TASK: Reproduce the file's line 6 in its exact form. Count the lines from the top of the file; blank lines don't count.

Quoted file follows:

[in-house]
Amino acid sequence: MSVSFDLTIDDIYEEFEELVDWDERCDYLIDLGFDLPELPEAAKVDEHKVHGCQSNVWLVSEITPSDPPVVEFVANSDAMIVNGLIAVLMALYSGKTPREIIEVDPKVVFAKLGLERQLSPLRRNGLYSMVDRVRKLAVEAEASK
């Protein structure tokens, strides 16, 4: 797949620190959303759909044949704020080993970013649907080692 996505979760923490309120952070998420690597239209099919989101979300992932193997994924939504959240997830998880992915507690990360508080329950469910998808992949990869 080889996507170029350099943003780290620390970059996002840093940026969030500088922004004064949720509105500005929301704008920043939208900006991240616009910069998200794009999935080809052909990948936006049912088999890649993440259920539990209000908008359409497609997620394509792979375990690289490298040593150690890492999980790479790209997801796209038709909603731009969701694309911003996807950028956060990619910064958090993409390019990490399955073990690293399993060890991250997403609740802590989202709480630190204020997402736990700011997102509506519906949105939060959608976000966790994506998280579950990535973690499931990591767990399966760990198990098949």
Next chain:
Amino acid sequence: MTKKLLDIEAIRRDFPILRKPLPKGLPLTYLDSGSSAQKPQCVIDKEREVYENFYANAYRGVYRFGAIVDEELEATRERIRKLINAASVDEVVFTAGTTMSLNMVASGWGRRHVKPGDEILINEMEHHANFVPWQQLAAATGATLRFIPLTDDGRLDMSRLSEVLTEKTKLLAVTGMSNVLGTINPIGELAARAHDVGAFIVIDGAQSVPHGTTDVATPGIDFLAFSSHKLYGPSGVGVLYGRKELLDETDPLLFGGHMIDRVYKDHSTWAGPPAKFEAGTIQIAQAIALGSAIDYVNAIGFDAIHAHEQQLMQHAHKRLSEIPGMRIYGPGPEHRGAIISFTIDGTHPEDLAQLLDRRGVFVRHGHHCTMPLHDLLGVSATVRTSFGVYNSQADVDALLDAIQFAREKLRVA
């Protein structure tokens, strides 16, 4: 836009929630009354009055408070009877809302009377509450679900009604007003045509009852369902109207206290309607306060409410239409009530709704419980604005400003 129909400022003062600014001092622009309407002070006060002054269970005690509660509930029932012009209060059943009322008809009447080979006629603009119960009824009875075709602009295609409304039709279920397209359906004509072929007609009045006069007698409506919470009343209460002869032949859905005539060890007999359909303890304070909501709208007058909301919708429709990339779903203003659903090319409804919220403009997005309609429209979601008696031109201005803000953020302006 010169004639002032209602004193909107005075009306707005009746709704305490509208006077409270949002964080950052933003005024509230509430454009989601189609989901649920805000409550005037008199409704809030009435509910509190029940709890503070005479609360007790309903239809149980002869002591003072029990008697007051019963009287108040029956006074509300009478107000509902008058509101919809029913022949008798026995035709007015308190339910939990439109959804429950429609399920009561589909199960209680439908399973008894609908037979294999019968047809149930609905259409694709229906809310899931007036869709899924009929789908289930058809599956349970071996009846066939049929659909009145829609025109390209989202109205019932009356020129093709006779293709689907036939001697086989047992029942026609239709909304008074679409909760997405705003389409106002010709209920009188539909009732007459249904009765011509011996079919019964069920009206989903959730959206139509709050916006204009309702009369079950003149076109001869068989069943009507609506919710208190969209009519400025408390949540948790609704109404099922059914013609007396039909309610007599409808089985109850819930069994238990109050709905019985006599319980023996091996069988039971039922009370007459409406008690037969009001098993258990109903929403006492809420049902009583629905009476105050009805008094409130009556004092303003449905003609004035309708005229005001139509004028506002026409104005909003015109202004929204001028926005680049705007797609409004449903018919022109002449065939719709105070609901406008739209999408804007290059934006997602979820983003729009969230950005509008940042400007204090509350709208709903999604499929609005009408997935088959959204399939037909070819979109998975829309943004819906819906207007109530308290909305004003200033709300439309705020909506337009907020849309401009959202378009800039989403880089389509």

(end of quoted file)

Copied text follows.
């Protein structure tokens, strides 16, 4: 836009929630009354009055408070009877809302009377509450679900009604007003045509009852369902109207206290309607306060409410239409009530709704419980604005400003 129909400022003062600014001092622009309407002070006060002054269970005690509660509930029932012009209060059943009322008809009447080979006629603009119960009824009875075709602009295609409304039709279920397209359906004509072929007609009045006069007698409506919470009343209460002869032949859905005539060890007999359909303890304070909501709208007058909301919708429709990339779903203003659903090319409804919220403009997005309609429209979601008696031109201005803000953020302006 010169004639002032209602004193909107005075009306707005009746709704305490509208006077409270949002964080950052933003005024509230509430454009989601189609989901649920805000409550005037008199409704809030009435509910509190029940709890503070005479609360007790309903239809149980002869002591003072029990008697007051019963009287108040029956006074509300009478107000509902008058509101919809029913022949008798026995035709007015308190339910939990439109959804429950429609399920009561589909199960209680439908399973008894609908037979294999019968047809149930609905259409694709229906809310899931007036869709899924009929789908289930058809599956349970071996009846066939049929659909009145829609025109390209989202109205019932009356020129093709006779293709689907036939001697086989047992029942026609239709909304008074679409909760997405705003389409106002010709209920009188539909009732007459249904009765011509011996079919019964069920009206989903959730959206139509709050916006204009309702009369079950003149076109001869068989069943009507609506919710208190969209009519400025408390949540948790609704109404099922059914013609007396039909309610007599409808089985109850819930069994238990109050709905019985006599319980023996091996069988039971039922009370007459409406008690037969009001098993258990109903929403006492809420049902009583629905009476105050009805008094409130009556004092303003449905003609004035309708005229005001139509004028506002026409104005909003015109202004929204001028926005680049705007797609409004449903018919022109002449065939719709105070609901406008739209999408804007290059934006997602979820983003729009969230950005509008940042400007204090509350709208709903999604499929609005009408997935088959959204399939037909070819979109998975829309943004819906819906207007109530308290909305004003200033709300439309705020909506337009907020849309401009959202378009800039989403880089389509």